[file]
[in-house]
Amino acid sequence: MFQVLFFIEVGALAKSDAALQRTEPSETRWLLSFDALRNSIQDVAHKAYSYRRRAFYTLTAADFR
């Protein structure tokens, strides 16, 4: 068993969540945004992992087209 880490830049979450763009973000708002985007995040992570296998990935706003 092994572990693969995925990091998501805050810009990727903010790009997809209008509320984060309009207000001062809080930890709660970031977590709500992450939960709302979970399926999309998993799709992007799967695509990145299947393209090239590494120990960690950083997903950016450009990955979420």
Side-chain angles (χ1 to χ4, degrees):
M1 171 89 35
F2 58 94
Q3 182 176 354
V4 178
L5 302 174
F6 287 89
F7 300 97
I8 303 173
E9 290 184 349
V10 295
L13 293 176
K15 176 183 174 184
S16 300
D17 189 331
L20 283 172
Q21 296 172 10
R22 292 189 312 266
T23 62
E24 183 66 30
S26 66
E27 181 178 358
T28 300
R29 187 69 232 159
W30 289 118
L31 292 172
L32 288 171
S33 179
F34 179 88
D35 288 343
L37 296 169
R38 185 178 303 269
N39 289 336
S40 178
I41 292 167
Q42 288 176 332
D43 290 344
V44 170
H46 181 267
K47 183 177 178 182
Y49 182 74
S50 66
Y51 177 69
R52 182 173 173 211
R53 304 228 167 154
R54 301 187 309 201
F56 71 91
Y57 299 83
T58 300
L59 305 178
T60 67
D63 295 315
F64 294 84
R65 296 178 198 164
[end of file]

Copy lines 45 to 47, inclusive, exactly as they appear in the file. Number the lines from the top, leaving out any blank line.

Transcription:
S50 66
Y51 177 69
R52 182 173 173 211